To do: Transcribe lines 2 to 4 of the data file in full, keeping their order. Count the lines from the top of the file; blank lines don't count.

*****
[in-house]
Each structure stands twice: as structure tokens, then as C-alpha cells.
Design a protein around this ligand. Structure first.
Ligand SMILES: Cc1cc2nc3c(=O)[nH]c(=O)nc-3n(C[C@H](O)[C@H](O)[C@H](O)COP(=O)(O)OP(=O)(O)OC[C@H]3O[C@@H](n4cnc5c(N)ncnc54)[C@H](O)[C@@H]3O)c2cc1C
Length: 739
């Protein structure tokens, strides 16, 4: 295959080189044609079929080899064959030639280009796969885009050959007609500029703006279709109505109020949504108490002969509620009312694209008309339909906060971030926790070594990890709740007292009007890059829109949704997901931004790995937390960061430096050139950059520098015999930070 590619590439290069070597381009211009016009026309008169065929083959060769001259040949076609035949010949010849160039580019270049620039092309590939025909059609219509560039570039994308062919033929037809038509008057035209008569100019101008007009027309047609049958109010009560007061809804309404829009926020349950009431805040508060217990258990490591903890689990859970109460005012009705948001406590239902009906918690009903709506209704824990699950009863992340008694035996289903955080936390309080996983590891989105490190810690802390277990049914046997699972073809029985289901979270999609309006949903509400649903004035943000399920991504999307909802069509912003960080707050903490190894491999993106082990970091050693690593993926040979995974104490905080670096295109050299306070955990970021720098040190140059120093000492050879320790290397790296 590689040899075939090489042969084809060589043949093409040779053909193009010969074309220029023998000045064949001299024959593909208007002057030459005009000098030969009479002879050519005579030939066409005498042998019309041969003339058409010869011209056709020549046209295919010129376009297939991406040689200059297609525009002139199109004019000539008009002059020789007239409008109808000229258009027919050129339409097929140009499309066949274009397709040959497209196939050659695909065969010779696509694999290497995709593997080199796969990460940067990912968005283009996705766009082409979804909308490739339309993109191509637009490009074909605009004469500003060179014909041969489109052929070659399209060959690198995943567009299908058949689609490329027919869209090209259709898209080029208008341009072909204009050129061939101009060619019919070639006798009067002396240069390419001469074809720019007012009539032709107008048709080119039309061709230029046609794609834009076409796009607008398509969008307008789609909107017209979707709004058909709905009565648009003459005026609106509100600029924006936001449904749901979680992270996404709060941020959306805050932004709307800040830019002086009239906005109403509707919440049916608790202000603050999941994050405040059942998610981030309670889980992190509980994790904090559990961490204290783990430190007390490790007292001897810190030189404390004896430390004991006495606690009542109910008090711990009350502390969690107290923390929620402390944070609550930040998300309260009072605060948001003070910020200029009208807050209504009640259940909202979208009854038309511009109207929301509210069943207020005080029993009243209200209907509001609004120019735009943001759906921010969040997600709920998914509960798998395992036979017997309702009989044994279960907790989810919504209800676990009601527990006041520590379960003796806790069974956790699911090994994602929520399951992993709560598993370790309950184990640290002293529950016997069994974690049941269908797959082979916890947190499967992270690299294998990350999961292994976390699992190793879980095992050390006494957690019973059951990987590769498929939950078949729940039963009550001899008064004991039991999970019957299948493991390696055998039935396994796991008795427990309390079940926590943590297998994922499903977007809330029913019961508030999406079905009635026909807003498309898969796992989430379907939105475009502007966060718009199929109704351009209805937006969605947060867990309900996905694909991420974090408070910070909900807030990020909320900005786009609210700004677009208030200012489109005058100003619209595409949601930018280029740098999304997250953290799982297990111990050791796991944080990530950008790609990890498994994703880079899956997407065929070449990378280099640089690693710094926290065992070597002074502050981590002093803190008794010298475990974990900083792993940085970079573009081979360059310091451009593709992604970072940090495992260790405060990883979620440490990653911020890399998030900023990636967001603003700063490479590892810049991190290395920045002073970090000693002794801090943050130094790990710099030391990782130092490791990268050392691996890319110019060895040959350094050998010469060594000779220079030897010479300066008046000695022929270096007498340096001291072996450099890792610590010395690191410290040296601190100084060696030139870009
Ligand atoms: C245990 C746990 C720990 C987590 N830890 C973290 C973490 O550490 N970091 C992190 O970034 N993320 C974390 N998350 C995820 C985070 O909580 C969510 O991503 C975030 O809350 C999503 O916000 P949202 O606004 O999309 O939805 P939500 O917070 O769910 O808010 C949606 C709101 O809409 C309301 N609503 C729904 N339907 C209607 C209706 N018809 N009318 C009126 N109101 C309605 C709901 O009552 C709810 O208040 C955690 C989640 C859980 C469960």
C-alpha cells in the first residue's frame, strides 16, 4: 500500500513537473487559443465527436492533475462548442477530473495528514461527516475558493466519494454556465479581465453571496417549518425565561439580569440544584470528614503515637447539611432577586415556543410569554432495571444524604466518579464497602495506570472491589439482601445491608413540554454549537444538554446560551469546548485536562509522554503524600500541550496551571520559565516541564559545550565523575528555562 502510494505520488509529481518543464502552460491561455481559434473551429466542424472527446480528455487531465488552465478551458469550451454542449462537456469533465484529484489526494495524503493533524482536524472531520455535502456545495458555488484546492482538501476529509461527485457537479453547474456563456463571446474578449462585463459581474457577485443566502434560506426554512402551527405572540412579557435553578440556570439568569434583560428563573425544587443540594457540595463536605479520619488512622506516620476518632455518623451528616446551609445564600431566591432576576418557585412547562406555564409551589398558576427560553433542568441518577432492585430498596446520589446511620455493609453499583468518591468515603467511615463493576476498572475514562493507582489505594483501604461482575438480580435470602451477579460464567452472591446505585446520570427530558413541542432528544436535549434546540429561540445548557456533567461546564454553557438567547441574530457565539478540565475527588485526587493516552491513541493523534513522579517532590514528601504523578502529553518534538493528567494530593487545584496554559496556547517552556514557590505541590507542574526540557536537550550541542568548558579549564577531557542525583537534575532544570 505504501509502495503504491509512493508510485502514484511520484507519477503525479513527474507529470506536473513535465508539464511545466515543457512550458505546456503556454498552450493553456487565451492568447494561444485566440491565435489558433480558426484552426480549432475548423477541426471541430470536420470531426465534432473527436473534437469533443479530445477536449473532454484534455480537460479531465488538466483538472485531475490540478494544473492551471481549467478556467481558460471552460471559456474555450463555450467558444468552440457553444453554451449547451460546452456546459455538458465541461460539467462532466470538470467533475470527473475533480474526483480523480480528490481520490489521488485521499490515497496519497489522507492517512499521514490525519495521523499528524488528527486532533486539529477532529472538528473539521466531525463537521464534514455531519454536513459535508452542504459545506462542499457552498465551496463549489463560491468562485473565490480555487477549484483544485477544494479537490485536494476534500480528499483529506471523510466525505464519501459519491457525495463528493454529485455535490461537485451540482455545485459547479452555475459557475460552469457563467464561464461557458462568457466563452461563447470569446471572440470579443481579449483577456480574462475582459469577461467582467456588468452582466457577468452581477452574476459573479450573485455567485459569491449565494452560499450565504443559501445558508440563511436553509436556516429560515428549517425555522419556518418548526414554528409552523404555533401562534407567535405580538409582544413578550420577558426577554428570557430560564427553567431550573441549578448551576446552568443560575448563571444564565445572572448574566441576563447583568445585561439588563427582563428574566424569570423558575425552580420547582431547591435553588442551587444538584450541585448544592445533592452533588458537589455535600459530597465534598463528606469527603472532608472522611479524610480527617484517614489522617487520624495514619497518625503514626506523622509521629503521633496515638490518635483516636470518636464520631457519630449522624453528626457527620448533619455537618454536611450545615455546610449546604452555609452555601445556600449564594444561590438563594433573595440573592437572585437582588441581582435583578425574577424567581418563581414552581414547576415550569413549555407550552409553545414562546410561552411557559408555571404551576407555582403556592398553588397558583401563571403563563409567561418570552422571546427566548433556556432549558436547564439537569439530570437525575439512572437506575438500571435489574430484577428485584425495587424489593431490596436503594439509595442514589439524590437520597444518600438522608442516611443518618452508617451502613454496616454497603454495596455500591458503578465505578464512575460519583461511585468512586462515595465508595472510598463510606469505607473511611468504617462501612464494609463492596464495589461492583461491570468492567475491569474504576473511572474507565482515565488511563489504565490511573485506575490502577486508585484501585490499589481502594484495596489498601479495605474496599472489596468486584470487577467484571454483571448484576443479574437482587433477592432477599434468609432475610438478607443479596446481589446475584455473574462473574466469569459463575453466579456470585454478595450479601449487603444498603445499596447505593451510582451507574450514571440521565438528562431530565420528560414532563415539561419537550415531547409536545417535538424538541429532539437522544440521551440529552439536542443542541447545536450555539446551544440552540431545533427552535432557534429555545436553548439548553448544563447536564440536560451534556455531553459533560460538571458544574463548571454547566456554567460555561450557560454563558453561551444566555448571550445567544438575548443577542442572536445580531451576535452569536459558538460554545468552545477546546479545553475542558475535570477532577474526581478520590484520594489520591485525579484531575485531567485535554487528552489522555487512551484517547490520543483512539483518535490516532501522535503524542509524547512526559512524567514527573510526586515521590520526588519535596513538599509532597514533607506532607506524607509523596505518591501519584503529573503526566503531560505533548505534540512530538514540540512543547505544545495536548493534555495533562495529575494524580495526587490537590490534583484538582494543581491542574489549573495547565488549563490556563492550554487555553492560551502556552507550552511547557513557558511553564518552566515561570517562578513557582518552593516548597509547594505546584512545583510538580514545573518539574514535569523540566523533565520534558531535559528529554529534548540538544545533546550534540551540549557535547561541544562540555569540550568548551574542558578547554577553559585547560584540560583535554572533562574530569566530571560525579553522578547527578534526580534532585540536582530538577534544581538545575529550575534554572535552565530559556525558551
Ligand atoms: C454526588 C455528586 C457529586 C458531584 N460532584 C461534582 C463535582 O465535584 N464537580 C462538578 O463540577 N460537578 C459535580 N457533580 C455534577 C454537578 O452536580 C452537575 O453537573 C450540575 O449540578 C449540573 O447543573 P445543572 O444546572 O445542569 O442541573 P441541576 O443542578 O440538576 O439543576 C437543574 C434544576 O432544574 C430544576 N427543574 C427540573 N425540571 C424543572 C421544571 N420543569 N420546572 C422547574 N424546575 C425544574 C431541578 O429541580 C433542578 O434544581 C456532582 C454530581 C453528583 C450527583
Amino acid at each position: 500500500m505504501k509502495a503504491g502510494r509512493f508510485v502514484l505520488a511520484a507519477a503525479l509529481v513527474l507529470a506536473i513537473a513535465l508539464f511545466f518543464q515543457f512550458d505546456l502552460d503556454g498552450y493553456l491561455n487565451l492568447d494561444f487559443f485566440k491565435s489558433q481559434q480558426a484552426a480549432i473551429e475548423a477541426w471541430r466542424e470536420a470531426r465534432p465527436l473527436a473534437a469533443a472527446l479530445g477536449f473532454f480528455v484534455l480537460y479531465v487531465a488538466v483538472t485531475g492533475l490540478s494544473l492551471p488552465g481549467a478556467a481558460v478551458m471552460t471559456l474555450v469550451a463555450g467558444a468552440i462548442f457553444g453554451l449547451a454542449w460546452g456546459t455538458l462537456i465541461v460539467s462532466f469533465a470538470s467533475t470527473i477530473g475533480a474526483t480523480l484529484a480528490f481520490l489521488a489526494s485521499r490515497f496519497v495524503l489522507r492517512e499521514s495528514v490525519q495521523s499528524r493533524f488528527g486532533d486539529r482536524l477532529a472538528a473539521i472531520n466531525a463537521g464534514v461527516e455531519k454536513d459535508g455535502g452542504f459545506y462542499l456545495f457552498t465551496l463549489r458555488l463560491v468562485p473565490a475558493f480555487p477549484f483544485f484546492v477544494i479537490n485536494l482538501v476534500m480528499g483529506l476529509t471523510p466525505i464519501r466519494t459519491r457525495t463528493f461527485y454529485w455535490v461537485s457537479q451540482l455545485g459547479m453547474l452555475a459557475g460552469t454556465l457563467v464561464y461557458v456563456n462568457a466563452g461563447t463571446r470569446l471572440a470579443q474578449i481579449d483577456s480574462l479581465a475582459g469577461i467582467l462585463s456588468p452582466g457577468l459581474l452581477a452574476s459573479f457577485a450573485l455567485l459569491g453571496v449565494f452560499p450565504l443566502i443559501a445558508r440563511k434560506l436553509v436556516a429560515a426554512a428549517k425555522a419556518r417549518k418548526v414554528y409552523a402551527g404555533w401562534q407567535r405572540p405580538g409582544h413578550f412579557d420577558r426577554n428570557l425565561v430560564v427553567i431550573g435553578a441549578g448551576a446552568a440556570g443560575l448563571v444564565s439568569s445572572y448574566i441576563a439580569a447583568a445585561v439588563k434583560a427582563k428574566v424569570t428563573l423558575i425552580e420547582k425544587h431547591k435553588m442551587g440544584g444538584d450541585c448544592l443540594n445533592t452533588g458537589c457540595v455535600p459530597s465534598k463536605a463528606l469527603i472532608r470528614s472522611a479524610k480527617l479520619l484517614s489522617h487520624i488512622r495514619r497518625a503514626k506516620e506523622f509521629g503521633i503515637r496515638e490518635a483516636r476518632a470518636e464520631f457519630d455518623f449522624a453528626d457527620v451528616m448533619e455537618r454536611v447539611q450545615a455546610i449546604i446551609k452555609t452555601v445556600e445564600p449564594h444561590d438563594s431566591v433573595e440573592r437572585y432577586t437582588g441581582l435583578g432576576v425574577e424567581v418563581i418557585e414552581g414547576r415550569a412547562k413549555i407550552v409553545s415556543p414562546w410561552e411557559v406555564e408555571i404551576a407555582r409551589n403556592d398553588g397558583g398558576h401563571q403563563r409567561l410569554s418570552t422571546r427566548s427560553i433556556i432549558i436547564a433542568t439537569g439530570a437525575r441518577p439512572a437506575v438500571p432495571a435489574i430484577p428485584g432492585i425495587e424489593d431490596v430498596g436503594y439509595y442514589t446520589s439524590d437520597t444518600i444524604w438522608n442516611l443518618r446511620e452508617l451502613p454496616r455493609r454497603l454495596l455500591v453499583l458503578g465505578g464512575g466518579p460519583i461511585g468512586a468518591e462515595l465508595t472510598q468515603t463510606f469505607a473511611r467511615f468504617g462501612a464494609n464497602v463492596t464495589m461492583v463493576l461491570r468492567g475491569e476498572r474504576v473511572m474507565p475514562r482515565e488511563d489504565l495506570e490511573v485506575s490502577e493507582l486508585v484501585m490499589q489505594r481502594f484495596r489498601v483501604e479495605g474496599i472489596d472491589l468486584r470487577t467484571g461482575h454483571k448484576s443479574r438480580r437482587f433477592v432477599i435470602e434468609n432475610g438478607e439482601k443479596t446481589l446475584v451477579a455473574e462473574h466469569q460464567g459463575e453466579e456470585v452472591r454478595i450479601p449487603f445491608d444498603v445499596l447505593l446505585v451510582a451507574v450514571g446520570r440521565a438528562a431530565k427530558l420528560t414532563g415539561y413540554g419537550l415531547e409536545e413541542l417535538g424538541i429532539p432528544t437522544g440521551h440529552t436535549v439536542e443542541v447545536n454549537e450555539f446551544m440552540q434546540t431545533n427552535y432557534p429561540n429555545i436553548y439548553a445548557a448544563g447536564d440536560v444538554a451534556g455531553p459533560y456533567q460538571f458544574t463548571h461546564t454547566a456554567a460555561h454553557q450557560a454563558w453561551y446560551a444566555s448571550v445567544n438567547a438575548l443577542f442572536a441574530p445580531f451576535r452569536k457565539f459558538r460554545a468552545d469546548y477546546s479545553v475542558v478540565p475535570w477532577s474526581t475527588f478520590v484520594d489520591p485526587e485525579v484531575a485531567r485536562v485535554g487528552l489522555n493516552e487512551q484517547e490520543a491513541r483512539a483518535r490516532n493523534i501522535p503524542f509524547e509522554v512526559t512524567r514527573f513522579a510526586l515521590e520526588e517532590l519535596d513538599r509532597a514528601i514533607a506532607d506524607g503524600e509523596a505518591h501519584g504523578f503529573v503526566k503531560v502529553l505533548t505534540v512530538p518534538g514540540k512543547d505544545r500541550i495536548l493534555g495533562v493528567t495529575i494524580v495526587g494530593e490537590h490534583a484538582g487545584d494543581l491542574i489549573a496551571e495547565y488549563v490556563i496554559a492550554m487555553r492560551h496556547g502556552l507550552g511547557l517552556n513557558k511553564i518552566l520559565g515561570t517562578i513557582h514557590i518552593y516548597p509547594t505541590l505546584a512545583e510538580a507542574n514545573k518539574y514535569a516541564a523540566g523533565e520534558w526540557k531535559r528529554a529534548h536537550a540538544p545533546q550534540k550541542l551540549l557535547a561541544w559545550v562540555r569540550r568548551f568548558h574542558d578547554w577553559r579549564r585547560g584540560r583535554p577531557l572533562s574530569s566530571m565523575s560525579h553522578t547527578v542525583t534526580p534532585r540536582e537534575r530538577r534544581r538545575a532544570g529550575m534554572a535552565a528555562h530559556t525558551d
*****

Each structure stands twice: as structure tokens, then as C-alpha cells.
Design a protein around this ligand. Structure first.
Ligand SMILES: Cc1cc2nc3c(=O)[nH]c(=O)nc-3n(C[C@H](O)[C@H](O)[C@H](O)COP(=O)(O)OP(=O)(O)OC[C@H]3O[C@@H](n4cnc5c(N)ncnc54)[C@H](O)[C@@H]3O)c2cc1C